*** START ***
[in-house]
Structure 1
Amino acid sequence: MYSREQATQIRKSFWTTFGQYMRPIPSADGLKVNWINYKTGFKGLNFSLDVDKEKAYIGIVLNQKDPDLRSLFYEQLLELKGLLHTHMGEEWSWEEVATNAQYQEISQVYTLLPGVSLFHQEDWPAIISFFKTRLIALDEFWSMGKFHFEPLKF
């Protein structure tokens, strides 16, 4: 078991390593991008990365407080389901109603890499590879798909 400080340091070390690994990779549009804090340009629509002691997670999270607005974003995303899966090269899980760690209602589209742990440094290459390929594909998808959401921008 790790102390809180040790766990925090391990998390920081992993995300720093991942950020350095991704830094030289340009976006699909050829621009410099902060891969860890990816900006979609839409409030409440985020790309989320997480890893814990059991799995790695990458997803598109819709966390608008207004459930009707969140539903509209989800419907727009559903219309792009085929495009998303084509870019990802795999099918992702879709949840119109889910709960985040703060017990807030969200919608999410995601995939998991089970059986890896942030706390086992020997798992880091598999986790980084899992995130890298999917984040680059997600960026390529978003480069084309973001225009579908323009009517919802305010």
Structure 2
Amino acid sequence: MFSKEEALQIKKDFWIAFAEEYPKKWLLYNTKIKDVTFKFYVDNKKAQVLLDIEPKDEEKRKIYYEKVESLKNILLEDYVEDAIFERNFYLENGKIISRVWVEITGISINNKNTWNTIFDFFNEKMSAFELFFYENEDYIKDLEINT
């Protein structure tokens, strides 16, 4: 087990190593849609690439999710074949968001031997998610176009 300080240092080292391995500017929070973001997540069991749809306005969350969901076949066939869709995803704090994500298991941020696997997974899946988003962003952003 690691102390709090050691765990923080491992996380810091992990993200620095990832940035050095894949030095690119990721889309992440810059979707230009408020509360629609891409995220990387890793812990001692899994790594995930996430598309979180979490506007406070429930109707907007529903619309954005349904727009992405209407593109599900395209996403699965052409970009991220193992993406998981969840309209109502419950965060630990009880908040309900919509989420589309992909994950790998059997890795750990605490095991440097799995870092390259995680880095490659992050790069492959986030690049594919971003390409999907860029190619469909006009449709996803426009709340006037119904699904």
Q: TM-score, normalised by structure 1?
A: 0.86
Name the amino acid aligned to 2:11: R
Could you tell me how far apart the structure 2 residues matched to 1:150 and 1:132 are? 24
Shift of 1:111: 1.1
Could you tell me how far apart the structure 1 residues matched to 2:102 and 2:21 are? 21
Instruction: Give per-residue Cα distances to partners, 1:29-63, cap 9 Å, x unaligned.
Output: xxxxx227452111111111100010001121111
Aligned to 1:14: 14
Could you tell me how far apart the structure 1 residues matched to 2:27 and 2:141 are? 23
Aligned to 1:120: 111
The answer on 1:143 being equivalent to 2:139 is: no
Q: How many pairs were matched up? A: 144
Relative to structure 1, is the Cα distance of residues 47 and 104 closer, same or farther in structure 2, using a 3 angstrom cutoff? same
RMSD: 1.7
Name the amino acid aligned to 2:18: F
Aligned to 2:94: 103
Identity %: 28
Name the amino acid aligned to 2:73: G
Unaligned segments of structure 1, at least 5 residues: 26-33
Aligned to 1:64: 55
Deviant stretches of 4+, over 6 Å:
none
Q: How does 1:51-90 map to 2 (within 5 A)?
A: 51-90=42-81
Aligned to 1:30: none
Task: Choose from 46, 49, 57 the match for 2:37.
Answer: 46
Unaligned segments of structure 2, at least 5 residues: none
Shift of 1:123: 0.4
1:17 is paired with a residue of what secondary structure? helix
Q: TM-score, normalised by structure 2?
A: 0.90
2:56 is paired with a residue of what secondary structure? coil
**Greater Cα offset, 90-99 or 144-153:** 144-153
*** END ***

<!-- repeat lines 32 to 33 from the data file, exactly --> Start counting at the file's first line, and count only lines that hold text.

A: 51-90=42-81
Aligned to 1:30: none